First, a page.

Article
Routine academic events may cause stress and produce temporary elevations in blood pressure. Students who experience test anxiety may be especially prone to cardiovascular activation in response to academic stress. This study drew on self-reported stress and ambulatory blood pressure measurements provided by 99 undergraduate participants (30% men, mean age=21 years) who participated over 4 days. Posture, activity level, recent consumption and the previous same-day reading were considered as covariates in a series of hierarchical linear models. Results indicate elevations in systolic blood pressure at times of acute academic stressors; neither diastolic blood pressure nor heart rate was linked with academic stress. In addition, those participants higher in test anxiety exhibited especially pronounced elevations in systolic blood pressure during times of acute academic stress. This research suggests that everyday academic stressors are linked with temporary increases in blood pressure and that test anxiety may contribute to these elevations. Test anxiety has implications for future academic and job success, and cardiovascular responses to everyday stress may contribute to health problems later in life.
 
Article
The purpose of this study was to analyse the associations of emotional control with sociodemographic and clinical variables in a sample of patients with a range of chronic somatic diseases. The relationships between emotional control, coping styles and adjustment to the disease were investigated. The sample consisted of 300 patients with the mean age of 54.60 ± 17.57 years. Courtauld Emotional Control Scale was used to measure the patients' tendency to suppress negative emotions, Coping Inventory for Stressful Situations was used to measure coping styles and Acceptance of Illness Scale was applied to determine adjustment to the disease. Patients with neurological conditions showed significantly lower suppression of anger. Levels of emotional control were found to be related to gender, age and educational level but not to the place of residence. Task-oriented style of coping with stress correlated positively with suppression of depression and anxiety, whereas acceptance of illness correlated negatively with suppression of anger. Levels of emotional control are only weakly related to the type of diagnosis; however, some clinical samples may show lower suppression of anger. Suppression of negative emotions is weakly related to adjustment indicators such as certain coping styles and acceptance of illness. Copyright © 2013 John Wiley & Sons, Ltd.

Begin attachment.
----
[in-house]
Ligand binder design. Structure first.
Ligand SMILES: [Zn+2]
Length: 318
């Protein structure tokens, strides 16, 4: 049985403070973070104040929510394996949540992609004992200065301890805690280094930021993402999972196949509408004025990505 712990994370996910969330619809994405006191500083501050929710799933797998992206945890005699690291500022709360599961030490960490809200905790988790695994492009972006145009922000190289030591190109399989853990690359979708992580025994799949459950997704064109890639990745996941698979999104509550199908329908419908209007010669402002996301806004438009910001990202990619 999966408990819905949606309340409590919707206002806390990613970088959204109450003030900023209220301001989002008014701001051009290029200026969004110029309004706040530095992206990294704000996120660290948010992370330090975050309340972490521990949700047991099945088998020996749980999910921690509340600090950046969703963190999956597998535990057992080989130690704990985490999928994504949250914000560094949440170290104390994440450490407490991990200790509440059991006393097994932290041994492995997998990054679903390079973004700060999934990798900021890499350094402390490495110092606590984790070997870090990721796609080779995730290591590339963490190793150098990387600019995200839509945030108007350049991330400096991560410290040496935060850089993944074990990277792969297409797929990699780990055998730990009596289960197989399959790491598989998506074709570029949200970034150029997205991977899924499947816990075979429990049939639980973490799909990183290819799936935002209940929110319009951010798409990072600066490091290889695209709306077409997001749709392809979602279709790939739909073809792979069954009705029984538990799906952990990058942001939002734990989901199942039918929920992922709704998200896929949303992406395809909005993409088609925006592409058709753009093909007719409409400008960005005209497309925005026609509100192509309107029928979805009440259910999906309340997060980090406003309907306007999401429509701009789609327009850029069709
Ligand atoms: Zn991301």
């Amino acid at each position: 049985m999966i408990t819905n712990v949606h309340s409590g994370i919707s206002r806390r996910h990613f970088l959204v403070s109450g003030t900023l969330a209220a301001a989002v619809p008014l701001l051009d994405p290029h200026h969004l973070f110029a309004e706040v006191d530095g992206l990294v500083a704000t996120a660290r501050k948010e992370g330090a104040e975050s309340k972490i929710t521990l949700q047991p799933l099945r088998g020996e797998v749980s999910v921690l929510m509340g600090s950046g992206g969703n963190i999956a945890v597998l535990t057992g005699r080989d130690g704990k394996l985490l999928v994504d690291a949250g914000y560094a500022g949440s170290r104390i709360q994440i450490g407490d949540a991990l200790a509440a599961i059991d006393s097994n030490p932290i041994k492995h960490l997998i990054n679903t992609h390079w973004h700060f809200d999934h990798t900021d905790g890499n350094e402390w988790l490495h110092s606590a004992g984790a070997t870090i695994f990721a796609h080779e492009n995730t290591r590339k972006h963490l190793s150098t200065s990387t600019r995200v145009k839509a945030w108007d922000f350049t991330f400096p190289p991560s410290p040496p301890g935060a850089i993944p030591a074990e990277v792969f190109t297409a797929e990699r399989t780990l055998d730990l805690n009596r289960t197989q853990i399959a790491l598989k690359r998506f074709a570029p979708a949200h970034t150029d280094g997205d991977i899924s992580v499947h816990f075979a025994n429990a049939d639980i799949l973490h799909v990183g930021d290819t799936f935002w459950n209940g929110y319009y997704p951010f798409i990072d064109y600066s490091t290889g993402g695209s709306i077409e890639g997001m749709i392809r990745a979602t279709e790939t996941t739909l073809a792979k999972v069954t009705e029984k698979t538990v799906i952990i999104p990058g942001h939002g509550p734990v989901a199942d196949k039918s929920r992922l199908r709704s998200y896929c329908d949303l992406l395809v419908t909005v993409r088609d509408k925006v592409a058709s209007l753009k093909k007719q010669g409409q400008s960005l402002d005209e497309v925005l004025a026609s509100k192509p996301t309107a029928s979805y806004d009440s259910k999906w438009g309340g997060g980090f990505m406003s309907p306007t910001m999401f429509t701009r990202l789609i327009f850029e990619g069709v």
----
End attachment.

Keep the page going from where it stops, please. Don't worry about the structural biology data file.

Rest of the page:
Article
The aim of the present study conducted among 274 Finnish employees was to examine the relationships between job characteristics, recovery experiences and occupational well-being across 1 year. We hypothesized that these relationships would follow normal causation, that is, job characteristics at T1 predict recovery experiences (detachment, relaxation, mastery and control at off-job time) and well-being (fatigue at work and work engagement) at T2, and recovery experiences at T1 predict well-being at T2. The structural equation modelling analyses lent support to the hypothesized normal causation model compared with the reversed causation and reciprocal models. However, only the longitudinal relationships between job characteristics and recovery experiences were significant. More specifically, high job demands at T1 predicted poor detachment, relaxation and control during off-job time at T2; and high job resources at T1 predicted high mastery experiences in off-job time at T2. Thus, our study showed that job demands in particular inhibited recovery experiences in the long term, but this was not reflected in employee well-being across 1 year. Copyright © 2013 John Wiley & Sons, Ltd.